Tag Archives: Business

Heartbleed’s Password Heartbreak


The Story of an Accidental Revolution, Author: Linus Torvalds.

By Leonid Bershidsky – Linux [2, 3] creator Linus Torvalds wrote, “in a society where survival is more or less assured, money is not the greatest of motivators. It’s been well-established that folks do their best work when they are driven by a passion.”

Two conclusions follow.

First, where there are people passionate enough about a product to work for free, others will claim their work and use it for profit because they are equally passionate about money.

Second, open-source software will never be painstakingly debugged: No one is passionate about that kind of drudgery.

This does not mean commercially-produced software is free from bugs, but at least paid developers bear responsibility for the products. more> http://tinyurl.com/kxt58eg


When credit is too much of a good thing

By Edward Hadas – What does credit do after it has finished the job it was designed for?

The supply of credit ought to stop at funding productive activity.

But the reality is different. Surplus credit fuels dangerous asset price inflation and funds profligate governments.

Credit too easily goes astray and there is no natural force to rein it in. Without firm regulatory guidance, credit seems to expand indefinitely, until the financial system explodes. That has been the pattern since the end of the Second World War. more> http://tinyurl.com/pyl26kh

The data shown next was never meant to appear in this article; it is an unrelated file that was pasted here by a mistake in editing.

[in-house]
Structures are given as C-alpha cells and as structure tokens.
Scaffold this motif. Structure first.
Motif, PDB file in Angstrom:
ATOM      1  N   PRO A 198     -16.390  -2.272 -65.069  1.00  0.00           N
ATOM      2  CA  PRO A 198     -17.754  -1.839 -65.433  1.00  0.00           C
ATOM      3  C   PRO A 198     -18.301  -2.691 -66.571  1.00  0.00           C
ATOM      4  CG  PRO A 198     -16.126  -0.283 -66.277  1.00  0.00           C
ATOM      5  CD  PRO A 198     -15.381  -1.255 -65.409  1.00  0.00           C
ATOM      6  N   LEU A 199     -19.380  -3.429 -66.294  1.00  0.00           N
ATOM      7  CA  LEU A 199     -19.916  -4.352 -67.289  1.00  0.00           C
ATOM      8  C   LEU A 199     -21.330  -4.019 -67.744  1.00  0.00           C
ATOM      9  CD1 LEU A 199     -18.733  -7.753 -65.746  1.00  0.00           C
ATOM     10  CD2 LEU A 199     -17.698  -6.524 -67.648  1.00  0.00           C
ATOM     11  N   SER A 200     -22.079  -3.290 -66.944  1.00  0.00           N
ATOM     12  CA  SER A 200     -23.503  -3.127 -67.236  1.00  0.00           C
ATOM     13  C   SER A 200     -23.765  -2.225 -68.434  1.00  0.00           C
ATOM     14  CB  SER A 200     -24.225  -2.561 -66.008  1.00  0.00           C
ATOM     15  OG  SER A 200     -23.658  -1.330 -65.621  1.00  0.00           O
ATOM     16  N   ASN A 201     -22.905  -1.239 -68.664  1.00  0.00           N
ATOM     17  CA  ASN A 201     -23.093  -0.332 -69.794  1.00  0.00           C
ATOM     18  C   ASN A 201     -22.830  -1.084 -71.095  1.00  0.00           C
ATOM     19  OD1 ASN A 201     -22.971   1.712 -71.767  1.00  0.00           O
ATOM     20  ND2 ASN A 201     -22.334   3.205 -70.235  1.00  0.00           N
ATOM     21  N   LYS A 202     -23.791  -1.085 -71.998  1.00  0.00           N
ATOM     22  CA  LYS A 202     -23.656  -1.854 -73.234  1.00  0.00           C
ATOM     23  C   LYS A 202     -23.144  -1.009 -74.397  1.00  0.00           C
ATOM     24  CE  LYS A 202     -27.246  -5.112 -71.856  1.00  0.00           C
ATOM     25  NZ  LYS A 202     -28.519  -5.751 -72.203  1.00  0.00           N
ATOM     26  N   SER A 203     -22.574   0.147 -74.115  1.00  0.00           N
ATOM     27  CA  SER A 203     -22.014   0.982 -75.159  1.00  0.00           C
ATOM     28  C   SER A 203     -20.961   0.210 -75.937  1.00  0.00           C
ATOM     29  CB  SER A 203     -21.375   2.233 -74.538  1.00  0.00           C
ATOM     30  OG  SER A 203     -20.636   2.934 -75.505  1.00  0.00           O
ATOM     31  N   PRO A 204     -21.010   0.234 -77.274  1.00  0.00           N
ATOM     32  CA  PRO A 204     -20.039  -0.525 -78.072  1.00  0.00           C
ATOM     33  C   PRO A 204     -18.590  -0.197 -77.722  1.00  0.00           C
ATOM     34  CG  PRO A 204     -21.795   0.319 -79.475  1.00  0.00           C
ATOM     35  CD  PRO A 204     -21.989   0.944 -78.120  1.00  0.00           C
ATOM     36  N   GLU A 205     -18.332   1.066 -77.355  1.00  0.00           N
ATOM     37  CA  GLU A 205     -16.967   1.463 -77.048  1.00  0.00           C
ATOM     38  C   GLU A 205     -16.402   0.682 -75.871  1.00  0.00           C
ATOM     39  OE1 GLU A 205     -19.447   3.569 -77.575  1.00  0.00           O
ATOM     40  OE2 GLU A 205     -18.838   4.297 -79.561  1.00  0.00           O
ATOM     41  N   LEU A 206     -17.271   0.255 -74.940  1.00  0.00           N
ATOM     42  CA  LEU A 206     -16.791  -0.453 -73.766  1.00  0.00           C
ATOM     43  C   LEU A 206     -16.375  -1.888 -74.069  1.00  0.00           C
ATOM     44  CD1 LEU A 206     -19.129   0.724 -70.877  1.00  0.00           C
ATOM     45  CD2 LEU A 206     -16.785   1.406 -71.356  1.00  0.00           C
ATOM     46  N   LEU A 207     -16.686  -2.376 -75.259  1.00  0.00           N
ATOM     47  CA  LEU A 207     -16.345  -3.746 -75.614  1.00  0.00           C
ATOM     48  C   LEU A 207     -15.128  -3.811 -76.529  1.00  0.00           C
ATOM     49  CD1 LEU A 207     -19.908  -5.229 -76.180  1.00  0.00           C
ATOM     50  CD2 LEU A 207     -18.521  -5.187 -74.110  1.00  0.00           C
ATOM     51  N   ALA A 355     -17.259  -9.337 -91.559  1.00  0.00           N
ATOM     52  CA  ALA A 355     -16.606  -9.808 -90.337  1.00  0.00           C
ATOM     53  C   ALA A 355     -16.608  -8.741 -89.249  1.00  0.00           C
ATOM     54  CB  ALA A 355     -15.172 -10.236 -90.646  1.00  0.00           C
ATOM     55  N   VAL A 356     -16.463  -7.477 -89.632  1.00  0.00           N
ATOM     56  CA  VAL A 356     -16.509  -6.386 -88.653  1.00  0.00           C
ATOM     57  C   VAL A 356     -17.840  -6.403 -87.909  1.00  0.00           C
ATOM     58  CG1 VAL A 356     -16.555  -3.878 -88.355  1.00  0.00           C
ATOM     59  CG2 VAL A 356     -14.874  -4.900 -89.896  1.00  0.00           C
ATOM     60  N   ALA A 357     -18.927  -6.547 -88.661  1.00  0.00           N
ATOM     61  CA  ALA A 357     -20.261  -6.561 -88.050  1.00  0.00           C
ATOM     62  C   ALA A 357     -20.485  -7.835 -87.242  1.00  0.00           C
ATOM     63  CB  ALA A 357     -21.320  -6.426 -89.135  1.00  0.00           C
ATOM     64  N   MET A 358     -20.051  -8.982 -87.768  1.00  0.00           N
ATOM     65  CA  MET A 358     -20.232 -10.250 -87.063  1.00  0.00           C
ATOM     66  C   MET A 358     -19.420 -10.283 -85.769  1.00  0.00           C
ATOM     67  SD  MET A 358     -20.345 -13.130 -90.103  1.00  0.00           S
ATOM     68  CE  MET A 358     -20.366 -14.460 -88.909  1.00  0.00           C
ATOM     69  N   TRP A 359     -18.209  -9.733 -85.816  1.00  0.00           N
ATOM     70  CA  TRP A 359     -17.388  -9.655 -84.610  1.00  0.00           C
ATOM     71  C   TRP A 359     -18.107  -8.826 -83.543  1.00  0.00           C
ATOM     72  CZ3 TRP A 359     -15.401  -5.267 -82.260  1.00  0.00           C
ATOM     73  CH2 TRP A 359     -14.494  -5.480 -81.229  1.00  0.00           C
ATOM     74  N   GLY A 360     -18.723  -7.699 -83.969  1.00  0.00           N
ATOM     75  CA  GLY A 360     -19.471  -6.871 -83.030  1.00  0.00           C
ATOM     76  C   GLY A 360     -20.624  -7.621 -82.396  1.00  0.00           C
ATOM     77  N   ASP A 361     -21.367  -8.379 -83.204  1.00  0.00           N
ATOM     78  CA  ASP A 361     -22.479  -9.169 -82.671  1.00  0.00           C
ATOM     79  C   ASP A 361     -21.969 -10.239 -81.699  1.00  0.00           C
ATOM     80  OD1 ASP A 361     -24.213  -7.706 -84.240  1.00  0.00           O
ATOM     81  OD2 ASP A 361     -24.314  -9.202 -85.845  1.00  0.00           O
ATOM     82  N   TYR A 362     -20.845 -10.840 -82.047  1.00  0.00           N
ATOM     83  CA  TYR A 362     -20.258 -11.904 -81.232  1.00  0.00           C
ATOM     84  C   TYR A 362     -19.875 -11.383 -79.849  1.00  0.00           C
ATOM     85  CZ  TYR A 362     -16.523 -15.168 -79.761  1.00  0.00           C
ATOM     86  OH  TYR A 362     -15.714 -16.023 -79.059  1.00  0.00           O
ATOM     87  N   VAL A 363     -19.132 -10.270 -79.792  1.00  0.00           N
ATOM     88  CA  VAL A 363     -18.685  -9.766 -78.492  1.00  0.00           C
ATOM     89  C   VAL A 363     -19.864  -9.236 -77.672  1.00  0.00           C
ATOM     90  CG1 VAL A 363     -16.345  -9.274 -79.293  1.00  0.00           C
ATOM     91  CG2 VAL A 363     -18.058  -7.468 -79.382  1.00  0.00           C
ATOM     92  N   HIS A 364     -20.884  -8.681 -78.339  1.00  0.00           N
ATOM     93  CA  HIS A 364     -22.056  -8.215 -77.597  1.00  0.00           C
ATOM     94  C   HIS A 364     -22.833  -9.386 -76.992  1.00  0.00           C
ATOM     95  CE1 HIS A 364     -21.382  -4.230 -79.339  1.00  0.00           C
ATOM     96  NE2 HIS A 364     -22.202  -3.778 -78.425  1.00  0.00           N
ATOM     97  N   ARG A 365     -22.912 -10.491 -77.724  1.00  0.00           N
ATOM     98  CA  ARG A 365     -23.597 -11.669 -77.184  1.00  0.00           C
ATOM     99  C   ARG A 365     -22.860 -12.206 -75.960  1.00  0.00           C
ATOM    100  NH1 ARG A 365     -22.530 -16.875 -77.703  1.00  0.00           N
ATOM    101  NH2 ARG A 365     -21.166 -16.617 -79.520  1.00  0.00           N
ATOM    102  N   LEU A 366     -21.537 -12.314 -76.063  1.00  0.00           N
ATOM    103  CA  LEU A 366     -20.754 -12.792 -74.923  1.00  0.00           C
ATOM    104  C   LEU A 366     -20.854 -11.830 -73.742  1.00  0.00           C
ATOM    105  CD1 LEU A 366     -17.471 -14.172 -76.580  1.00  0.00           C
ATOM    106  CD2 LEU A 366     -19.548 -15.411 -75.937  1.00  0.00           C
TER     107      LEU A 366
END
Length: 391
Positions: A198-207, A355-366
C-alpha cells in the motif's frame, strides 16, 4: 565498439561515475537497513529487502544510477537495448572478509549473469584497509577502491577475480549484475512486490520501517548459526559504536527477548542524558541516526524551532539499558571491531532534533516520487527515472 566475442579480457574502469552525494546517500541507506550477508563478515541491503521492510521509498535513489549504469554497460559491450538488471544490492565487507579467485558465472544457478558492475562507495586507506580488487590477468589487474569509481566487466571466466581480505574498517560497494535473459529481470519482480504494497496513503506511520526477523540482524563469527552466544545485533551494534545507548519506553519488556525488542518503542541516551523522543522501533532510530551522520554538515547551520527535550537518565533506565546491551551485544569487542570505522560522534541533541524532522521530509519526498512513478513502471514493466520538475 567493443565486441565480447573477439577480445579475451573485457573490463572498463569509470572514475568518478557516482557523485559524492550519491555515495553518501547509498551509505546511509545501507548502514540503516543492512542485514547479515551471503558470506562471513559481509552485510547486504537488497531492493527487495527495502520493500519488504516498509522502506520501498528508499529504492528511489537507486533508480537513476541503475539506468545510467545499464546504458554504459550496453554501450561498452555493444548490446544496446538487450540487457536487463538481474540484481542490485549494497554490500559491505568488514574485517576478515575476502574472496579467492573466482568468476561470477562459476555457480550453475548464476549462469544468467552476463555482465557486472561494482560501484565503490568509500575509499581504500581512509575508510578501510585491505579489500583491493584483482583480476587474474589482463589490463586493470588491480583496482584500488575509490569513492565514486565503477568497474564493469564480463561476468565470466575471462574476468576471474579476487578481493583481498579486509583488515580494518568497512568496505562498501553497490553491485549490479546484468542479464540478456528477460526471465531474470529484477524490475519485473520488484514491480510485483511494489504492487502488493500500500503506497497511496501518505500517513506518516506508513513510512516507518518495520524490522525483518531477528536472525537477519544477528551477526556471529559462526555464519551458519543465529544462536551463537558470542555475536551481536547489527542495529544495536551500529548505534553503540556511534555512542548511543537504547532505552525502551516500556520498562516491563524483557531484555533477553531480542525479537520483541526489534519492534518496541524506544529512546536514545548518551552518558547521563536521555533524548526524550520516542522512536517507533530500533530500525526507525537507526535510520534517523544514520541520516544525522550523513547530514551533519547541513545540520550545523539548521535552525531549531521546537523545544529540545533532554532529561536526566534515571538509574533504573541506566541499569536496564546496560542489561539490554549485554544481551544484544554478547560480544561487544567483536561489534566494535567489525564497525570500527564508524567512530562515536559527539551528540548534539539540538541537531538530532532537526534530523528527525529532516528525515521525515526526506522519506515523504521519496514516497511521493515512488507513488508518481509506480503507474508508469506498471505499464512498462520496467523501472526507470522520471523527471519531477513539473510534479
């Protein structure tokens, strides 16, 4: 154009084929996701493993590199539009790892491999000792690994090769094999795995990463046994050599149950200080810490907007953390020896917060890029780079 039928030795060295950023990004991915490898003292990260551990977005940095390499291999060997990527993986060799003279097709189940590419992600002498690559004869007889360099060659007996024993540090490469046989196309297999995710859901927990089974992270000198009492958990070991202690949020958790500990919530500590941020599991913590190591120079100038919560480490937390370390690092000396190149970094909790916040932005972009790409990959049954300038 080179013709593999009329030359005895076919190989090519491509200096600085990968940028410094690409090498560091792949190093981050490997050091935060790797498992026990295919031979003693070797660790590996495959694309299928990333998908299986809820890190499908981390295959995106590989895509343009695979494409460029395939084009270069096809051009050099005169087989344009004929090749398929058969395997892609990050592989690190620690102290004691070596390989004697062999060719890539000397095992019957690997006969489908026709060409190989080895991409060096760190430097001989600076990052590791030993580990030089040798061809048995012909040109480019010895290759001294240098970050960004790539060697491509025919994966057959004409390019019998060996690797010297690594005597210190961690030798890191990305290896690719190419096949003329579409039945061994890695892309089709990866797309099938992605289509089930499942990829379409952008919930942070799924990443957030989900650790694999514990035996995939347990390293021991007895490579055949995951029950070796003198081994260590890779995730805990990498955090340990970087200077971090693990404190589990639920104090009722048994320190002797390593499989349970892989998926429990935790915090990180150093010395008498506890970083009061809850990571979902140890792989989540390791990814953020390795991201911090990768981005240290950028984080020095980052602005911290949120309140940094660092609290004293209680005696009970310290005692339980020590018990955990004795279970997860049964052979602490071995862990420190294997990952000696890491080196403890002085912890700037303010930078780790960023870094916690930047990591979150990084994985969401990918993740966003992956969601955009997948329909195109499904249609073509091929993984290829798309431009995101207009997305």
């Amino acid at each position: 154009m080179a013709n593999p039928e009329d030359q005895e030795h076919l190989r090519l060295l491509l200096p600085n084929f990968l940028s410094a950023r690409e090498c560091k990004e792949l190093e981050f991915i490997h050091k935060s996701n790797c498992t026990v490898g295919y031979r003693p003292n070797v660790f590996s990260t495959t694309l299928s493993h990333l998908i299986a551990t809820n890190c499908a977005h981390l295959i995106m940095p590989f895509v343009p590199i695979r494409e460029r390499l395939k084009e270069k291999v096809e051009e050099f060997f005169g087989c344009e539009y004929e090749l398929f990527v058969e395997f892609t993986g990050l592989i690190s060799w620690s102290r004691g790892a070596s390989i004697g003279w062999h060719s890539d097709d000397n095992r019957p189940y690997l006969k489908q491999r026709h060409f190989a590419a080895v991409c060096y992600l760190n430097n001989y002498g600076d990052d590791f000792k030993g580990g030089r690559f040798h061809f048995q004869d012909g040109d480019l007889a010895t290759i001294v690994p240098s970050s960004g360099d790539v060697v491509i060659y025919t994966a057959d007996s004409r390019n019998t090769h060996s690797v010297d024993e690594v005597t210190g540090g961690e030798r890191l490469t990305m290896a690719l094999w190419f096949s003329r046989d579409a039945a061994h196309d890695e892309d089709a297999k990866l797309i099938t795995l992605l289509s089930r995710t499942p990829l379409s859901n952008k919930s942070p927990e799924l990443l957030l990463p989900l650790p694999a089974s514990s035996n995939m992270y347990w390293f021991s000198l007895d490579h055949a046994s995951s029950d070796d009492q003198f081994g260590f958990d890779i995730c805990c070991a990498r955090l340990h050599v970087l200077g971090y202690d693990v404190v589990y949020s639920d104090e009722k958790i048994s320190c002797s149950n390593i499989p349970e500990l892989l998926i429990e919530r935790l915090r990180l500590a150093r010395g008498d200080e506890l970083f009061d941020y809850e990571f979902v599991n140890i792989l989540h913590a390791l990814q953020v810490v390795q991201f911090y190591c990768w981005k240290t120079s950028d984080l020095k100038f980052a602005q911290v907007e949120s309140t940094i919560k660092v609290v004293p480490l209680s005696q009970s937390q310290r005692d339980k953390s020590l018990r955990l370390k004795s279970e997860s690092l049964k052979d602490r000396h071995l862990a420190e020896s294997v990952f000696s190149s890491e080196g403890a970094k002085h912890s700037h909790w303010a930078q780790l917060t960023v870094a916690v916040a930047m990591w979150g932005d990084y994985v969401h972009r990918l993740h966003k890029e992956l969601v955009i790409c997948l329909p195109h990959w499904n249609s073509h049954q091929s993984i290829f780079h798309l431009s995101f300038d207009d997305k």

The short guide to Capital in the 21st Century


Capital in the 21st Century, Author: Thomas Piketty.

By Matthew Yglesias – There are different concepts of capital floating around in the economics literature. But Piketty uses an expansive definition of capital so that it is the same as wealth.

The fortunes of the wealthy were destroyed by two world wars, the Great Depression, and extreme wartime finance measures.

Then a few decades of rapid economic growth created a situation in which newly earned income was a much bigger deal than old wealth.

In the contemporary environment of slow economic growth, Piketty says this process is over.

Unless drastic measures are taken, the future belongs to people who simply own stuff they inherited from their parents. more> http://tinyurl.com/lyn4pjv

Updates from CHICAGO BOOTH

Do economic sanctions ever work?
By Robin Mordfin – World leaders are considering how to respond to Russia’s annexation of Crimea from Ukraine, and there has been plenty of talk (but so far, little action) about placing economic sanctions on the newly expanded nation. Some have expressed concern that sanctions won’t have the intended effect, and that they furthermore will be imposed at the expense of the global economy.

Do economic sanctions ever work? more> http://tinyurl.com/mb2rss6


Dark markets may be more harmful than high-frequency trading

By John McCrank – When the average investor, or even a big portfolio manager, tries to buy or sell shares now, the trade is often matched up with another order by a dealer in a so-called “dark pool,” or another alternative to exchanges.

The pools were originally created for institutions to trade large blocks of stock without creating a large impact in the market. If an order of 1 million shares was tracked, people on the other side of the trade could quickly jack up prices and the original investor could easily pay more than expected.

But much of the trading isn’t like that now – the average size of orders in dark pools has shrunk to around 200 shares, similar to levels on public exchanges. more> http://tinyurl.com/kjyr5qq